The FIA has no intention of backing down in the battle over flexi wings. Teams will have to contend with a second tightening of the control over the freedom of movement of the flaps. Motorsport.com is able to anticipate a new regulatory intervention that will further specify the limits to counter solutions that technical commissioners deem illegal.
As we noted at the beginning of summer, there had been interventions to limit the proliferation of flexi wings, particularly Aston Martin faced material rejections after the Azerbaijan GP. The FIA is pushing forward, convinced that the engineers are once again exceeding the limits of the spirit of the regulations, given that all wings subjected to static tests are deemed perfectly legal.
To put an end to interpretations of what is permitted or not, the FIA has decided to issue a new technical directive, TD018, which Motorsport.com is able to preview. This is an attempt to better regulate everything related to flexible wings and bodywork.
The TD018 was distributed to teams before the Dutch GP weekend because “specially designed areas of localised weakness” were observed, as well as “relative movements between adjacent components” to enhance aerodynamic performance.
The FIA clarifies what constitutes a violation of Article 3.2.2 of the F1 Technical Regulations, which stipulates that all components affecting the aerodynamic performance of a car must be “rigidly fixed and immobile in relation to their reference framework defined in Article 3.3. Moreover, these components must at all times produce a uniform, solid, hard, continuous, and impermeable surface.”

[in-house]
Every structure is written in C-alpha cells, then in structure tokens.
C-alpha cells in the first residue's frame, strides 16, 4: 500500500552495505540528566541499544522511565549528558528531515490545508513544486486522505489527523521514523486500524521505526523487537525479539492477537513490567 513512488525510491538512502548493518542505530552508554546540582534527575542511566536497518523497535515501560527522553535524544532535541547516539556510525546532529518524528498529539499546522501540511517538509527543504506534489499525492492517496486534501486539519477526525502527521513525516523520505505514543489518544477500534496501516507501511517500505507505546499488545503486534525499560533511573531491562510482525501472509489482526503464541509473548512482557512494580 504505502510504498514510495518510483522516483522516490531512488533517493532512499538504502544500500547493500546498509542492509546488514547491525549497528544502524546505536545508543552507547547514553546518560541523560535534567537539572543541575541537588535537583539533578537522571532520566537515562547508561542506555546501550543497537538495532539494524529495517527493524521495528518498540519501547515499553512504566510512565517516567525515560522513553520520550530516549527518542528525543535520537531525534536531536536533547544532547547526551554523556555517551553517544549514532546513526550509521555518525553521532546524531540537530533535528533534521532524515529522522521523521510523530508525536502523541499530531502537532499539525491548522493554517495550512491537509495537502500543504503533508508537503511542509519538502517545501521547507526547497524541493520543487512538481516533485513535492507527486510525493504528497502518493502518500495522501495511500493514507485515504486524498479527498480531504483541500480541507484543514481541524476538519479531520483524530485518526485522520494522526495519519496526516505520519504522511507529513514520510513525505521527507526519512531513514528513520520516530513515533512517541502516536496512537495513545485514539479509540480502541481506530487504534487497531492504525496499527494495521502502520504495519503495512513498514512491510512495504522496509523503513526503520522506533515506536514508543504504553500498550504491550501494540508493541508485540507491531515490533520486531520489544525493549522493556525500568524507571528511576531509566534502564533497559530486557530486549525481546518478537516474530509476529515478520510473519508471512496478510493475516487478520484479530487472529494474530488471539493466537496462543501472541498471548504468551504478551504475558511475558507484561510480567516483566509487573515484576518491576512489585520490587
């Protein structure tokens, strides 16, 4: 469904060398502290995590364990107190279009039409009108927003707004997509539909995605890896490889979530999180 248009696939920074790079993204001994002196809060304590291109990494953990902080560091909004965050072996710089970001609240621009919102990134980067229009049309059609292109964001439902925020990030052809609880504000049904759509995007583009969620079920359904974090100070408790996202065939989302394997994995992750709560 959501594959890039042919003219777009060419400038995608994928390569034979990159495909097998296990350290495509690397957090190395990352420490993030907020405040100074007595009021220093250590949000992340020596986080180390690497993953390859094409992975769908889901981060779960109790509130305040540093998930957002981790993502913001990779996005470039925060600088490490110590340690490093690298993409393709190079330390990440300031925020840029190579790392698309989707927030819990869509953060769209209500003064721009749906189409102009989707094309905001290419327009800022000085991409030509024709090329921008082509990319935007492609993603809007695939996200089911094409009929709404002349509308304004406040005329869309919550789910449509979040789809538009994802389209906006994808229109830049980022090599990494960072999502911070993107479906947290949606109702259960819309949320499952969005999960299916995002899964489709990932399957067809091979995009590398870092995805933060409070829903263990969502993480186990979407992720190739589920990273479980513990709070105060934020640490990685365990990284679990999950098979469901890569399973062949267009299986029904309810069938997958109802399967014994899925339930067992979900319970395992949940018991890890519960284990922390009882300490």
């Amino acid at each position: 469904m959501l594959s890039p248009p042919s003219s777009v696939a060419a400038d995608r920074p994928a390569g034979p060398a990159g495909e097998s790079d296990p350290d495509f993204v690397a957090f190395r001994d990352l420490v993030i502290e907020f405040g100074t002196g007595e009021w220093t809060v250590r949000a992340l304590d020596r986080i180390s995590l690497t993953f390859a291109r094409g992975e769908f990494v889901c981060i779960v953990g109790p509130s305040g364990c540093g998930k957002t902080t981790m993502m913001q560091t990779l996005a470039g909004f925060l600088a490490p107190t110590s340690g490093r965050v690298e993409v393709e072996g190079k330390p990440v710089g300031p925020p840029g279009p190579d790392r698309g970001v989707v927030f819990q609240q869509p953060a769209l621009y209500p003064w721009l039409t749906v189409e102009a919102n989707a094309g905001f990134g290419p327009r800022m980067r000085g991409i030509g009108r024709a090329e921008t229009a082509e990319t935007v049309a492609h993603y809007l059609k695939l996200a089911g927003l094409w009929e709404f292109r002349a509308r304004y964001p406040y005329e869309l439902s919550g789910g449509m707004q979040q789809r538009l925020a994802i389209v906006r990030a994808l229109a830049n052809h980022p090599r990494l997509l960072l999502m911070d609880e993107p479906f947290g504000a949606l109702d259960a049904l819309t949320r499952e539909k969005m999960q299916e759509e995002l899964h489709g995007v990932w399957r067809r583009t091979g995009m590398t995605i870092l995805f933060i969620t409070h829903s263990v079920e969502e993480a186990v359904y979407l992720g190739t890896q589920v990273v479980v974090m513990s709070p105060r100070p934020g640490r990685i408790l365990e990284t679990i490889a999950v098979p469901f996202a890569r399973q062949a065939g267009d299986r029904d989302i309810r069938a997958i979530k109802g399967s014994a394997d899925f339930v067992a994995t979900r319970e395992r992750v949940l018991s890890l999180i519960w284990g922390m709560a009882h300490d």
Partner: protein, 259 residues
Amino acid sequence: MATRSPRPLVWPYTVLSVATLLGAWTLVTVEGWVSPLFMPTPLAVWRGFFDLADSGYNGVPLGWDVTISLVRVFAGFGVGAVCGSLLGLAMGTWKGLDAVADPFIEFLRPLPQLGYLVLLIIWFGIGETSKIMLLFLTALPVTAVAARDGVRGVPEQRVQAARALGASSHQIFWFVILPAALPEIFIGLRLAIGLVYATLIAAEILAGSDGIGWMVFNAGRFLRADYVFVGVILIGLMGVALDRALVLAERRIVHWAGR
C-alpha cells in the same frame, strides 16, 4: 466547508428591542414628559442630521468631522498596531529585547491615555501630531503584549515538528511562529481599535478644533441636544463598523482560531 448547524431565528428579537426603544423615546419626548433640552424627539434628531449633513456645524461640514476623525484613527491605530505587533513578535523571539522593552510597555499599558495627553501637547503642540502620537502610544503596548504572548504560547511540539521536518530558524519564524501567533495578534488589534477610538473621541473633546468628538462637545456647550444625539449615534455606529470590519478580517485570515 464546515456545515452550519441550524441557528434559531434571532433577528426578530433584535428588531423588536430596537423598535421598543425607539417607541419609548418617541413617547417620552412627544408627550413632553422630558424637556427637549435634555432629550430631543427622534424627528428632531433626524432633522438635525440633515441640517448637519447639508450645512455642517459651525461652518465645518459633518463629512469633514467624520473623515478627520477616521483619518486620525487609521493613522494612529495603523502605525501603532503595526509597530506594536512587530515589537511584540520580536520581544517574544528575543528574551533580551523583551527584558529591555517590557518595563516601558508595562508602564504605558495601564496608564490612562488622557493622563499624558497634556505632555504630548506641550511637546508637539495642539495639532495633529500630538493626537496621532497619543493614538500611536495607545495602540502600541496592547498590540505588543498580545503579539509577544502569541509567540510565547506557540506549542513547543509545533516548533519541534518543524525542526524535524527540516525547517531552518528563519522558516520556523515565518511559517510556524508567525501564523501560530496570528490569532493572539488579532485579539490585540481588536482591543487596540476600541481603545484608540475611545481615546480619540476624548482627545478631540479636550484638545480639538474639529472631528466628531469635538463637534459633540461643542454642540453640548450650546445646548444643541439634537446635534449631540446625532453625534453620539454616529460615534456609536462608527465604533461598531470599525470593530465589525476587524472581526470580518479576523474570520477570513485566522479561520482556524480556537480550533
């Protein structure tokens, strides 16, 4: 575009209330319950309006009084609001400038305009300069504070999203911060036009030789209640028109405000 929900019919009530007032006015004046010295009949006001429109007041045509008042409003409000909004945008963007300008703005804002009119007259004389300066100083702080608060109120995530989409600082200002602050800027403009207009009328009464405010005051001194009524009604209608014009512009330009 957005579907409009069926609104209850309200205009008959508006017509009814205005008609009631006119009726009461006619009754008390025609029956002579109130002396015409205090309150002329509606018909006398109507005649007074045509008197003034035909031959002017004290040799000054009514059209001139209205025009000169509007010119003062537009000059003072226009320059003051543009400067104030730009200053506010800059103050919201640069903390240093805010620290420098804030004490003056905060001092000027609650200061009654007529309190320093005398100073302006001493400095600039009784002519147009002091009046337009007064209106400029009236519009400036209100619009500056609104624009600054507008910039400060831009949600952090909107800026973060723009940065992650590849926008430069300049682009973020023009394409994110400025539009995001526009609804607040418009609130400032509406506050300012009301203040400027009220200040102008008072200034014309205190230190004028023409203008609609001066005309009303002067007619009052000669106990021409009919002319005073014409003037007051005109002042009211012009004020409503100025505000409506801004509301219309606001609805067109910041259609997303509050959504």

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The FIA intervenes because teams are allegedly using sophisticated systems that rotate or flex the elements of the front and rear wings while remaining compliant with static checks.
The International Federation has defined four points on solutions that are considered illegal if:
1.The wing elements can move vertically, longitudinally, or laterally relative to the body to which they are attached.
2.Wing elements can rotate relative to the body to which they are attached, such as rotating around a mounting point.
3.Designs that use elastomeric joints, flexible sections of the wing profile, or thin and flexible laminates at a junction that can distort, deviate from the plane, or twist to allow localised deflection relative to the body to which the component is attached.
4.Designs that use “soft” trailing edges on wing elements to prevent “localised cracks” as a result of the deflection of the component assembly.
The only exceptions allowed will concern the assembly of the floor and the opening of a small lateral slot to allow joining the flaps to the front wing endplate.
The FIA has decided to change the verification approach, no longer considering static load checks sufficient. Teams must submit the assembly and fastening drawings of the front wing elements to the nose, as well as the rear wing elements to the side pods and the rear impact structure and pylons. Moreover, teams must demonstrate how the pylons of the rear wing are attached to the rear deformable structure to identify any deflections that could provide an aerodynamic advantage.
The FIA’s new technical directive will come into effect at the Singapore GP to allow teams to adapt their cars to the new regulations, but the designs must be submitted by September 8th. Therefore, Monza will witness flexible wings, and then the hammer will fall. We will see if there will be changes in the pecking order and which teams will lose performance and which can potentially recover. This is another regulatory change in the season, similar to what happened last year with TD39, which caused much controversy. Who will be affected by this measure?